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Sun 5 Aug 2012 10:52 AM

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Ryanair model “won’t work” in MidEast – Jazeera Airways boss

Kuwait carrier dismisses plans by Beirut government to attract the Irish carrier to the region

Ryanair model “won’t work” in MidEast – Jazeera Airways boss
Jazeera Airways group chairman Marwan Boodai said the Beirut government was unlikely to be able to entice Ryanair to enter the Middle East market.

The chairman of Kuwaiti low-cost carrier Jazeera Airways has dismissed plans by the Lebanese government to persuade Ryanair to operate routes to the region, claiming the Irish low-cost carrier’s model would not work in the Middle East.

Authorities in Lebanon last month told Arabian Business they were in talks with low cost carriers including easyJet and Ryanair about starting operations to the country in a bid to boost a tourism industry that has been rocked by political turmoil in the Arab world.

"Indeed we are talking to Monarch Airlines, easyJet [and] Ryanair - we're talking to all of them," Tourism Minister Fady Abboud said in an interview from Beirut, adding that he intended to table a proposal at a July 18 cabinet meeting to endorse the plans.

"I have a complete plan that I want to introduce low cost flights and chartered flights," he said.

However, Marwan Boodai, group chairman of Kuwait-based low-cost carrier Jazeera Airways dismissed the plans and said the Beirut government was unlikely to be able to entice the Dublin-based low-cost carrier to enter the Middle East market.

“It won’t work… They will only do it when they have huge capacities,” he said of the talks. “Governments should stick to financing,” he added.

UK-based easyJet's only destinations in the Arab world are Jordanian capital Amman and Marrakech in Morrocco. Irish carrier Ryanair flies to six locations in Morocco, while the closest east it flies is to Larnaca in Cyprus.

Ahead of the cabinet meeting, Abboud said there was “a 50-50 chance" the cabinet would support his proposal. "I'm going to make the cabinet responsible," he said, adding, "If you need tourists, we're going to have to fly them in. We cannot fly a tourist at €1000 during this season and expect a lot of tourism."

Kuwait-based Jazeera Airways reported revenue for the first half of 2012 rose 11.8 percent to KWD28.3m (US$100.34m). Operating profit over the same period was up 39.9 percent year-on-year to KWD6.4m, while net profit rose 21.6 percent to KWD3.8m.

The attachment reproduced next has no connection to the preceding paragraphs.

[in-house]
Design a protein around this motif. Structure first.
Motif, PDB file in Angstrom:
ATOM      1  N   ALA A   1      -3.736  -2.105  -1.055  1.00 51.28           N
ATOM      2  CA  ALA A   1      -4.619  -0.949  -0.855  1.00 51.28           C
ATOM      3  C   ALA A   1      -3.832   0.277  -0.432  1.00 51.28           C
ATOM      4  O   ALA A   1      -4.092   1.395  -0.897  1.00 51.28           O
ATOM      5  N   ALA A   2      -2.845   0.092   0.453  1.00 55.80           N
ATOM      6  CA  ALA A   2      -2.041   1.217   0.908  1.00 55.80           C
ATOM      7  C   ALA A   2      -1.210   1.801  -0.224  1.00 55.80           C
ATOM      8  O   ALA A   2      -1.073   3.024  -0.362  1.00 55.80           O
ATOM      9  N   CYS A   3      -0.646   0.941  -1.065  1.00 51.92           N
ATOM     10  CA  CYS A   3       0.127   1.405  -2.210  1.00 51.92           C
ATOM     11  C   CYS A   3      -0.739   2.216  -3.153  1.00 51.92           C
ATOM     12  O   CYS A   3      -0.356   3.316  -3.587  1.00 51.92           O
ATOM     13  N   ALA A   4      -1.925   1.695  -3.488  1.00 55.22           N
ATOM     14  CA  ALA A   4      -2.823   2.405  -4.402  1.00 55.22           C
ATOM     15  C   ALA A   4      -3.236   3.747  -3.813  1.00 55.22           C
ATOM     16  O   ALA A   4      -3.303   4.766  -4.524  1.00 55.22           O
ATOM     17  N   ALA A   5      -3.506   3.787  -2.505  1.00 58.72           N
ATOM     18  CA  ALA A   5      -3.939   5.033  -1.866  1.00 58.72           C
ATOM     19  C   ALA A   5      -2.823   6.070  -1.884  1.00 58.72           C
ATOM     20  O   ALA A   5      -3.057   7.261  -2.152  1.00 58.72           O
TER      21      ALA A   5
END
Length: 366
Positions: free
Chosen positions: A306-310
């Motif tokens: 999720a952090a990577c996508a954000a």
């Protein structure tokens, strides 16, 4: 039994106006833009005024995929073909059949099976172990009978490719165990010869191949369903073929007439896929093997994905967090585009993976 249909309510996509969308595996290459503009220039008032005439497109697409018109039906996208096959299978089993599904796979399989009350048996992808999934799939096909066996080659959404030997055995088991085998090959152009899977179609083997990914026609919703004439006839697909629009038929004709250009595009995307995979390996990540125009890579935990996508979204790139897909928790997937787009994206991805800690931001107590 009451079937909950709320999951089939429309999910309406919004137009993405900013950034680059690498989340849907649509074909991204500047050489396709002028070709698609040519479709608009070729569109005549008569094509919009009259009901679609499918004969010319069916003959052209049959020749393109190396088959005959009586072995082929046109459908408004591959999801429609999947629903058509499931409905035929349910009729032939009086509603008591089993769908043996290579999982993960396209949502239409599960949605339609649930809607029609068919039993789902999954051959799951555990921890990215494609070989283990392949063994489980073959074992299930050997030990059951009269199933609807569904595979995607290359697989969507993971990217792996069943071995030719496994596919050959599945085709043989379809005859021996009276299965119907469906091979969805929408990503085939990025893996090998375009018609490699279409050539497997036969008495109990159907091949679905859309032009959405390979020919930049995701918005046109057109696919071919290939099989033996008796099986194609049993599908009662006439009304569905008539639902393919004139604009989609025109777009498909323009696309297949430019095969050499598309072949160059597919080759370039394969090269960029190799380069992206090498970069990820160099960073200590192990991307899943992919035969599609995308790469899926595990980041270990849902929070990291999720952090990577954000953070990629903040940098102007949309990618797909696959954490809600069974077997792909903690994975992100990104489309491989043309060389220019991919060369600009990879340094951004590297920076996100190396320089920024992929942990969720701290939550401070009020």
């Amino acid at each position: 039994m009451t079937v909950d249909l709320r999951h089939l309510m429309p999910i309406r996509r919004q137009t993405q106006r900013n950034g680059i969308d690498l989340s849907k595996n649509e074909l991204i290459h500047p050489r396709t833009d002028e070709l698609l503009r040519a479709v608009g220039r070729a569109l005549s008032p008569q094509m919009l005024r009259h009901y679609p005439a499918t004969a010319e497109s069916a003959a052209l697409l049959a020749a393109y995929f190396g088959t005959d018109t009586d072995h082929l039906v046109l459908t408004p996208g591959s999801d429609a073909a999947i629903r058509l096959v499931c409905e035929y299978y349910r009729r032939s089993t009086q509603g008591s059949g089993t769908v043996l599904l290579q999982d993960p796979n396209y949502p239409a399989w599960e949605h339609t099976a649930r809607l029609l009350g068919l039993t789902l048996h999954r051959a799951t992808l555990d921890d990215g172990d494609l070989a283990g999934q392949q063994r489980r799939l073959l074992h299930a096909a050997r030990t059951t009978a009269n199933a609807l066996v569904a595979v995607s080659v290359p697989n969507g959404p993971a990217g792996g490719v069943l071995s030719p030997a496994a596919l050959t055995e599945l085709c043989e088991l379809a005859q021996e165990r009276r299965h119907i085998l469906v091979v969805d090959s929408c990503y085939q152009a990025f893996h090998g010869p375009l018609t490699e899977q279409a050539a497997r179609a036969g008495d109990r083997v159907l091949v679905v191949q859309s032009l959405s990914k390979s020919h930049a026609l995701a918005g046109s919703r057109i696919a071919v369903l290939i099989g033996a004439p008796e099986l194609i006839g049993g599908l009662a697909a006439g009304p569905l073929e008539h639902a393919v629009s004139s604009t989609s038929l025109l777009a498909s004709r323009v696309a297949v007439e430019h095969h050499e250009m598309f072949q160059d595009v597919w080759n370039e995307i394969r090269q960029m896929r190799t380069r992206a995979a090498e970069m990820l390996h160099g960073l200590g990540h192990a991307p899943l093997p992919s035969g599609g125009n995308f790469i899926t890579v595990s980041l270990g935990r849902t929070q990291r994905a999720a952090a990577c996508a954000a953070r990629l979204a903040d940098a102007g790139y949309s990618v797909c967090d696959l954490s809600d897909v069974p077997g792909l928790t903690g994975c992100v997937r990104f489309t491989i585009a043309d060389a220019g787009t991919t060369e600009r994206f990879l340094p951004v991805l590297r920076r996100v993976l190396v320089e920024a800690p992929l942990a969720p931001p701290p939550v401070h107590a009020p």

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Ahmed 7 years ago

However, there is a void in the middle-east market and more demand for discount carriers in the region. There has been a void in the Kuwait market with the collapse of Wataniya Airways and the recent incidents of Kuwait Airways which prompted 60% of KA booked passengers to cancel their flights. Jazeera Airways has not performed as well as the market needed in this region with limited expansion and lack of upgrading to their fleet, so I find it interesting that Jazeera Airways would be commenting on this subject matter? If the Lebanon market necessitates other carriers to cater to their market, then so be it.

Alex 7 years ago

This story appears to mix two things: flights to Lebanon and the Ryanair model.

Jazeera's comments are probably right: the Ryanair model probably won't work here because people expect to be able to change their plans at short-notice, expect an all-inclusive product and expect to be treated with a bit of respect and courtesy: none of which fit with the Ryanair model.

Separately Lebanon wants to attract tourists from Europe and therefore encouraging Ryanair and EasyJet (which tend to attract the more open-minded and adventurous weekend and short-break travellers) is probably a pretty sensible move.

jay 7 years ago

well a competitor would say that to discourage another carrier from coming in. Its simple try the model i believe it will be a success but remember the ticket is one thing its the extras that catch you out and ryanair also say fly to rome but actuallits 40 miles away so dont expect beirut to be beirut
Ryanairs service is poor and we need protection like abta here

Rabah 7 years ago

I believe that other Middle Eastern countries and corporations should mind their own businesses and leave Lebanon alone. Lebanon is dependent on tourism as their main source of income and if other Middle Eastern countries have issued warnings or bans on their own citizens to enter Lebanon, then they should've expected this move from Lebanon as a "counter-retaliation" move to try its best to maintain its reputation as a troursit destination and to secure or at least try to stabilize its economy.